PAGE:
What emissions reductions are required to stay below 2°C?
How much will greenhouse gas emissions have to be reduced to avoid a particular climate impact?
Will post-2015 agreements ensure a high probability of e.g. saving coral reefs?
PRIMAP aims to synthesize earth system science and multi-model impact projections to address these crucial research questions for science and society alike.
See the latest news from PRIMAP.
Meet the PRIMAP team.
PRIMAP traces the entire modelling chain from Greenhouse Gas (GHG) emissions to impacts on the natural and built environment, which is visualised here.
Assesses global GHG emission pathways under different mitigation assumption and equity proposals.
The reduced-complexity climate model MAGICC produces highly efficient probabilistic global mean temperature projections for arbitrary emission scenarios.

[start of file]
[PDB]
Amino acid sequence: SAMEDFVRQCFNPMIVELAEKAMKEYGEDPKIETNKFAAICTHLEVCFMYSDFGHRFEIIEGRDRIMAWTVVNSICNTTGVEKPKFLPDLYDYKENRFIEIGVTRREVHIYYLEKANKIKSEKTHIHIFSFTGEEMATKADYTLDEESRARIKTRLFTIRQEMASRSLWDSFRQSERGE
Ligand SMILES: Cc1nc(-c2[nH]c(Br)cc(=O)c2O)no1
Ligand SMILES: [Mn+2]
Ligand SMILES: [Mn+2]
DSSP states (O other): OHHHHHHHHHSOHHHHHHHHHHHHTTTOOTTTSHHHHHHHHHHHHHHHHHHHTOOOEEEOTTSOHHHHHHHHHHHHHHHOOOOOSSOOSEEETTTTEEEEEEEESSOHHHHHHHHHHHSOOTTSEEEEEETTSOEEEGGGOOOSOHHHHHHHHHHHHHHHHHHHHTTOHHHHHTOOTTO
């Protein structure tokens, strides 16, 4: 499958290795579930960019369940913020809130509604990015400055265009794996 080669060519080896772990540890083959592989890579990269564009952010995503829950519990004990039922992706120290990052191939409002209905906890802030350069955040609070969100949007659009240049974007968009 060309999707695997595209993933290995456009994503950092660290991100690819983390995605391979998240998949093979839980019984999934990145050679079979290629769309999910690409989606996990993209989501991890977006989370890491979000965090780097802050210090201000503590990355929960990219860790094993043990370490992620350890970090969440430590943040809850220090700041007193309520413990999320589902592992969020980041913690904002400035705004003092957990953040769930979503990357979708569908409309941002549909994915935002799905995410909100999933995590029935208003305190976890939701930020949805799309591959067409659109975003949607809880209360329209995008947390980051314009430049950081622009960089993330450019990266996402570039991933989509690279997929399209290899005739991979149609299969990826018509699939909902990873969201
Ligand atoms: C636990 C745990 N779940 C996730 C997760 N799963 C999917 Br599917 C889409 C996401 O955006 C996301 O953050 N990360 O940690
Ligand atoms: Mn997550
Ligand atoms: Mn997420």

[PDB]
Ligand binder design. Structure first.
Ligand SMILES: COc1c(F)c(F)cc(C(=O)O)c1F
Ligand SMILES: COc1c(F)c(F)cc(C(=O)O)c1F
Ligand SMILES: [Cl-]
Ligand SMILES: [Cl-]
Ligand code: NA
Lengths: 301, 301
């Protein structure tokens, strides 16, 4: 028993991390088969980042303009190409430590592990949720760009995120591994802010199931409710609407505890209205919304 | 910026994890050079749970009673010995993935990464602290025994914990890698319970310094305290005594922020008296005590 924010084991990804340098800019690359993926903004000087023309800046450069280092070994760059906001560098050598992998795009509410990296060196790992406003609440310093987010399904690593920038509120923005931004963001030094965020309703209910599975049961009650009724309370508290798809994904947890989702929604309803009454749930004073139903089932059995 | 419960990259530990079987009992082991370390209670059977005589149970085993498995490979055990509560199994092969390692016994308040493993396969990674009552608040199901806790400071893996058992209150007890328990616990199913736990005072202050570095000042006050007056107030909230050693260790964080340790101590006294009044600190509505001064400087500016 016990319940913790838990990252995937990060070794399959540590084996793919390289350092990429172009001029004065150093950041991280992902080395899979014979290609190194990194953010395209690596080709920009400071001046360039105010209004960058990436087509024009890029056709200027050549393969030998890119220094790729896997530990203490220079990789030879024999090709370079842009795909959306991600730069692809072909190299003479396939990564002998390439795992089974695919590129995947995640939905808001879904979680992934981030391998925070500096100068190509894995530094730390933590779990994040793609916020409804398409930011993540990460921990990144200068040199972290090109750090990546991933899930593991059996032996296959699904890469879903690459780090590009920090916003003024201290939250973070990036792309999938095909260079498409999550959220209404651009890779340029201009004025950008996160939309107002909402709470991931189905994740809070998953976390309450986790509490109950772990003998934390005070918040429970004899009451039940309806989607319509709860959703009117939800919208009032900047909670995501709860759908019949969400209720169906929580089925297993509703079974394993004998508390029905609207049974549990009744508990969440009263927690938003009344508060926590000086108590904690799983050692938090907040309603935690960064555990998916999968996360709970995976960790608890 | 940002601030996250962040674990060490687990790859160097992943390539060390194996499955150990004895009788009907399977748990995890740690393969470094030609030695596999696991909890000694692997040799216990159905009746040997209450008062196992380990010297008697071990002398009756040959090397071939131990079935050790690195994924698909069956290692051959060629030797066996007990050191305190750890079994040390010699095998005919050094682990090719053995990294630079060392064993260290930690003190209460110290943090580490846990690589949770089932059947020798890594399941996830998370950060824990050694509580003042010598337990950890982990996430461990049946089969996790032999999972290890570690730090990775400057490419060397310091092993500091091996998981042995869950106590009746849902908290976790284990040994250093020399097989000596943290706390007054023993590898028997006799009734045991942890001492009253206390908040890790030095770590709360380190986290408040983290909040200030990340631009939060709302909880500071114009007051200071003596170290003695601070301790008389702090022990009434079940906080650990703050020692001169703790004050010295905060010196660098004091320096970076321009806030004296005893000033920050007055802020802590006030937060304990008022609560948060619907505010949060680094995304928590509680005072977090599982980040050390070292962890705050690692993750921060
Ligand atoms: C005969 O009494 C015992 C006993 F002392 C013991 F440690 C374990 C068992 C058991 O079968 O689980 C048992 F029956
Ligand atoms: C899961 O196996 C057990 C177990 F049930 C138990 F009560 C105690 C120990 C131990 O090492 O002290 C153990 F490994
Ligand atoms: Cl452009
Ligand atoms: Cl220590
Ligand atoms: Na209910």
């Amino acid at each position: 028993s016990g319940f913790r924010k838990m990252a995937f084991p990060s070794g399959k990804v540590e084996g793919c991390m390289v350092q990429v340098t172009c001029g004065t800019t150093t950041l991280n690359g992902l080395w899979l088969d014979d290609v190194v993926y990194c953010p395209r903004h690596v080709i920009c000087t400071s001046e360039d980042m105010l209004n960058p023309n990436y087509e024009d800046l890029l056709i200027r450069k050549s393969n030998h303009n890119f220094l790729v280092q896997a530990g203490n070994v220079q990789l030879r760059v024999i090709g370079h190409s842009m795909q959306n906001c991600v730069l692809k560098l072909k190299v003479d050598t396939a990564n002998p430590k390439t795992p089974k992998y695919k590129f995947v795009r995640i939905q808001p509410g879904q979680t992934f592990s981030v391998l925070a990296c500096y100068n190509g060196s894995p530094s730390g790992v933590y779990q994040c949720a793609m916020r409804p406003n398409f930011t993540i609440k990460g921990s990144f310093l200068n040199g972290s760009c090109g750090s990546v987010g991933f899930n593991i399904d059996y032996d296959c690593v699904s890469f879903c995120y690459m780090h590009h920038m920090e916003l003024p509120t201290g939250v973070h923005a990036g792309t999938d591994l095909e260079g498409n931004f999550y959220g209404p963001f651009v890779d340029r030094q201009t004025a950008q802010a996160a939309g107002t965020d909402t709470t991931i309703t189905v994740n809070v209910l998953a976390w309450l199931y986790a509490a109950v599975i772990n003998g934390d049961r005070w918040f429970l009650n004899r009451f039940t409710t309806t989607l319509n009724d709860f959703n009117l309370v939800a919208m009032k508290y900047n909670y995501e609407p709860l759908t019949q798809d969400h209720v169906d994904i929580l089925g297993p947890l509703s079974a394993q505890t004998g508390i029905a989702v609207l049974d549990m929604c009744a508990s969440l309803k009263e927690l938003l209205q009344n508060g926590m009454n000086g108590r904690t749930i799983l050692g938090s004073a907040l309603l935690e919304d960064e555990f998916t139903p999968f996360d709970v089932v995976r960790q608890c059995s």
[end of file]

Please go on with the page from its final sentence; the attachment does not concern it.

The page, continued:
EXPACT provides probabilistic projections of climate impacts, such as regional sea level rise and coral bleaching in terms of global mean temperature change. This prototype impact emulator accounts for simultaneous occurrence of impacts from extreme events, based on the ISI-MIP database, and will be applied for comprehensive climate risk assessments.
The PRIMAP Online-Tool offers an user-friendly portal to explore the impacts of different emissions scenarios.
Third party funded projects contributing to PRIMAP:
- EXPACT: Where to stop? - Efficient projections of correlated impacts at different levels of global warming, funded by SAW, 01.07.2013-30.06.2016
- HELIX: High-End cLimate Impacts and eXtremes, funded by EU, 01.11.2013-31.10.2017
- ISI-MIP: Inter-Sectoral Impact Model Intercomparison Project, funded by BMBF, 01.04.2012-31.12.2015
- SURVIVE: Science and policy to assist and support SIDS and LDCs to negotiate a strong international climate regime enabling low carbon development and supporting adaptation needs, funded by BMU, 01.09.2011-31.08.2014
- CAT: Climate action tracker, funded by European Climate Foundation, 01.01.2012-2015
- PRIMAP collaborates on several projects with the non-profit organisation Climate Analytics.
Project leader: Katja Frieler